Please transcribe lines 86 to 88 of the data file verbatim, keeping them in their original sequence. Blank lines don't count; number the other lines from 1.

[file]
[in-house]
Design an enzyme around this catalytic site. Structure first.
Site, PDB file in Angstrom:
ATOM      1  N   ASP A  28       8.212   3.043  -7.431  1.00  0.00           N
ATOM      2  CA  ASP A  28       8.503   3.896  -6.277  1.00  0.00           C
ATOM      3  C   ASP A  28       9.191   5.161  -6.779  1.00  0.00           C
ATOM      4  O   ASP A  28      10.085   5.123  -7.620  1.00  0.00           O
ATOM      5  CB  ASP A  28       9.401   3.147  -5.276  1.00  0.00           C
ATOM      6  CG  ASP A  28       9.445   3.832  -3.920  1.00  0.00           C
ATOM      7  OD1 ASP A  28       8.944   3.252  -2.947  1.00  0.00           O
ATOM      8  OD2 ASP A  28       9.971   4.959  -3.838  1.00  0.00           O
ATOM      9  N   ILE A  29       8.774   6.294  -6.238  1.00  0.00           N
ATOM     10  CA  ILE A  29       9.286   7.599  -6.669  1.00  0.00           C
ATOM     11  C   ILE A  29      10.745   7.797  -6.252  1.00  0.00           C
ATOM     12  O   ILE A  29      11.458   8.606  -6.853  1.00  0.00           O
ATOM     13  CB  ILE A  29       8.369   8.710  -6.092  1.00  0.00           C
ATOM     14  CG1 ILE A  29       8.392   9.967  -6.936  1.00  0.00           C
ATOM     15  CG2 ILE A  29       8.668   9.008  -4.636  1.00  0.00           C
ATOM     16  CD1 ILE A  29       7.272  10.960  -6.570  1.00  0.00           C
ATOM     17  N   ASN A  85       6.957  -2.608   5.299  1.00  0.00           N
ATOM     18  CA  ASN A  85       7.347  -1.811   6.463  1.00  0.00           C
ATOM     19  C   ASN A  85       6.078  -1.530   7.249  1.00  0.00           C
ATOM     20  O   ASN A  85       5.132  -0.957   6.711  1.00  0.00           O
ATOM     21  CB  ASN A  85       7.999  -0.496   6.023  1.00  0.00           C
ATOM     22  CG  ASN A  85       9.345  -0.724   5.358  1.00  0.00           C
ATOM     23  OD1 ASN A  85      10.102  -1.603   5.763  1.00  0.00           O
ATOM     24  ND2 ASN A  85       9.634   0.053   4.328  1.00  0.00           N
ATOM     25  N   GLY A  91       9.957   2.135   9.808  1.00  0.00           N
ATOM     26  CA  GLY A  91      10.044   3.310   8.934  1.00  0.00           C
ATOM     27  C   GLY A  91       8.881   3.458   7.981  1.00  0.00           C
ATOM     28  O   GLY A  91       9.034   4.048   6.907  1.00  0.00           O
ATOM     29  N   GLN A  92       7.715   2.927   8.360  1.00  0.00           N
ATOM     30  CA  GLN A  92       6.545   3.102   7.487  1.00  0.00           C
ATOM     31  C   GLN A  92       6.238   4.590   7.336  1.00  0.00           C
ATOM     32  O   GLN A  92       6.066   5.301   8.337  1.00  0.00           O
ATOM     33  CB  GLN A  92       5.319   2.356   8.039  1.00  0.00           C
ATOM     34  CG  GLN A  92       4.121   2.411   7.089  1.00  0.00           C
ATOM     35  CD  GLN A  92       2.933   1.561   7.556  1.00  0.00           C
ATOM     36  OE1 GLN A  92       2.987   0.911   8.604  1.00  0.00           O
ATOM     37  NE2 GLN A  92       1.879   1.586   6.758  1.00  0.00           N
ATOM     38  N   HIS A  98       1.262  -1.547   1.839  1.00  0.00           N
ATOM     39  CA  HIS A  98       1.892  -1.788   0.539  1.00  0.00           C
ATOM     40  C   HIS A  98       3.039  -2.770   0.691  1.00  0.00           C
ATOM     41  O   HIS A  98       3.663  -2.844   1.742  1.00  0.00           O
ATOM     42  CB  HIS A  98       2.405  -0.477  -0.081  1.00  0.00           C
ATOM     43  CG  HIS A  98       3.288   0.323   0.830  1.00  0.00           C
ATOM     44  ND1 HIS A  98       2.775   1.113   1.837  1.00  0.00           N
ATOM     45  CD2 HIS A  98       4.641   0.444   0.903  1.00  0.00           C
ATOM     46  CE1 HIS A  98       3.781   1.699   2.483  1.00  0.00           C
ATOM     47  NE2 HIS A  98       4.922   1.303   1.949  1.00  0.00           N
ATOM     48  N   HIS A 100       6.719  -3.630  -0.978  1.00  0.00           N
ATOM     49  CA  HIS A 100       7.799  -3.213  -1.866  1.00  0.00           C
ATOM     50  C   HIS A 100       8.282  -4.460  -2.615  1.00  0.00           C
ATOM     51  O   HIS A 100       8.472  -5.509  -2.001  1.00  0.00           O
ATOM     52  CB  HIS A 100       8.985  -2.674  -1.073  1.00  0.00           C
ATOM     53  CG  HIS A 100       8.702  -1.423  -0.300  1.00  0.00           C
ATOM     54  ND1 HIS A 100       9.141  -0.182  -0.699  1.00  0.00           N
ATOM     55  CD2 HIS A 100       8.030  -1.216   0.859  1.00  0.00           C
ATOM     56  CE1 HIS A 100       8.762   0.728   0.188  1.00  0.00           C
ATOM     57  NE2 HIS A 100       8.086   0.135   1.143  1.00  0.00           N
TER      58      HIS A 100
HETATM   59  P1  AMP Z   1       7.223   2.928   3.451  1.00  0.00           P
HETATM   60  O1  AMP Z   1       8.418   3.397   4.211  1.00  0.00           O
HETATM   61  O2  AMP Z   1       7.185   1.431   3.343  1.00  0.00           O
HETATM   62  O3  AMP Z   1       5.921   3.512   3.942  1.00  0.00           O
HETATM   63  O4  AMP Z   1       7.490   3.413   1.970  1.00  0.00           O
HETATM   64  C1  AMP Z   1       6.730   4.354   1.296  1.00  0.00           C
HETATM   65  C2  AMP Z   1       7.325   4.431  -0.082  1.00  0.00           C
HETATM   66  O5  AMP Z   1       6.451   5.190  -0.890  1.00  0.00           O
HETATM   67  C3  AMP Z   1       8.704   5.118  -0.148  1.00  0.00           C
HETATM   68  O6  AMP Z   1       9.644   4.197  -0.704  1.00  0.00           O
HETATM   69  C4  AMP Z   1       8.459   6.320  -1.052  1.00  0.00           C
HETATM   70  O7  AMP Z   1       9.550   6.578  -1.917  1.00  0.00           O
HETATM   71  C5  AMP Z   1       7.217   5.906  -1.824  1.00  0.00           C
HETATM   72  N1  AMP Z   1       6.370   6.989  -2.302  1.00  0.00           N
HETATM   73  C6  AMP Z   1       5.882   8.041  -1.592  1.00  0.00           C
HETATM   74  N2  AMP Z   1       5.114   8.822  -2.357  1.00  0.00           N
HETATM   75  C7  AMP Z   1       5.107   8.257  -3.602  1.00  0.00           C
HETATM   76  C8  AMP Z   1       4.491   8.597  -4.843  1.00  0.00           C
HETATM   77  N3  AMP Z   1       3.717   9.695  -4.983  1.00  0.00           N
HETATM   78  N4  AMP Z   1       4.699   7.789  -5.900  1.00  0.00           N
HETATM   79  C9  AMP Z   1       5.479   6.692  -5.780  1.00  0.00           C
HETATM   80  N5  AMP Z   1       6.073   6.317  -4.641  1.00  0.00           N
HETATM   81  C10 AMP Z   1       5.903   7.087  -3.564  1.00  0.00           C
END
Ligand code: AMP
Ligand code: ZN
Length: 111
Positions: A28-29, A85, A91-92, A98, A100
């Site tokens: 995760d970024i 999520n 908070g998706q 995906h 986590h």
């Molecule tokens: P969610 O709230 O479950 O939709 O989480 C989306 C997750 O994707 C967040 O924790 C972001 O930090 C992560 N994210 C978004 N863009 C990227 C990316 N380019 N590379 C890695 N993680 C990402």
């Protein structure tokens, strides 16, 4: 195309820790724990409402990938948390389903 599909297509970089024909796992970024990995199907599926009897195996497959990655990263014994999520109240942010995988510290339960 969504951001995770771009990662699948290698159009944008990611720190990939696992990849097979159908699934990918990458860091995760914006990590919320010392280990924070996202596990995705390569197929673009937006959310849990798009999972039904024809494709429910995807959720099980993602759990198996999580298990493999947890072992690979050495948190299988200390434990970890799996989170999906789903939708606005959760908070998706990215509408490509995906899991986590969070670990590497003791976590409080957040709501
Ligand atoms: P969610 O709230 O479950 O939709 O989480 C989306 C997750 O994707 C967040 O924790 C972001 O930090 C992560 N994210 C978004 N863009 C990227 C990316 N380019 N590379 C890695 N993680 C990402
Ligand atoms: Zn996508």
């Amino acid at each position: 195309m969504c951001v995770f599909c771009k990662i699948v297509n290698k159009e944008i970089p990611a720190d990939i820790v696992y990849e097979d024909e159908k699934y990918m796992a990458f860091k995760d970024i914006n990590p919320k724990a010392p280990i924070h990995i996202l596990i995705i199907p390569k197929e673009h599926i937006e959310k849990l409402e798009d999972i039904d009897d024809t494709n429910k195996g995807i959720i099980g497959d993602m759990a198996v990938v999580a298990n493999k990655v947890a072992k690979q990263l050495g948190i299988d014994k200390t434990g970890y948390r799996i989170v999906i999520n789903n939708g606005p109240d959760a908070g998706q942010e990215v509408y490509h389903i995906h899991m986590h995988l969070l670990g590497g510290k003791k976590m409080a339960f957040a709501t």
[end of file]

Ligand code: AMP
Ligand code: ZN
Length: 111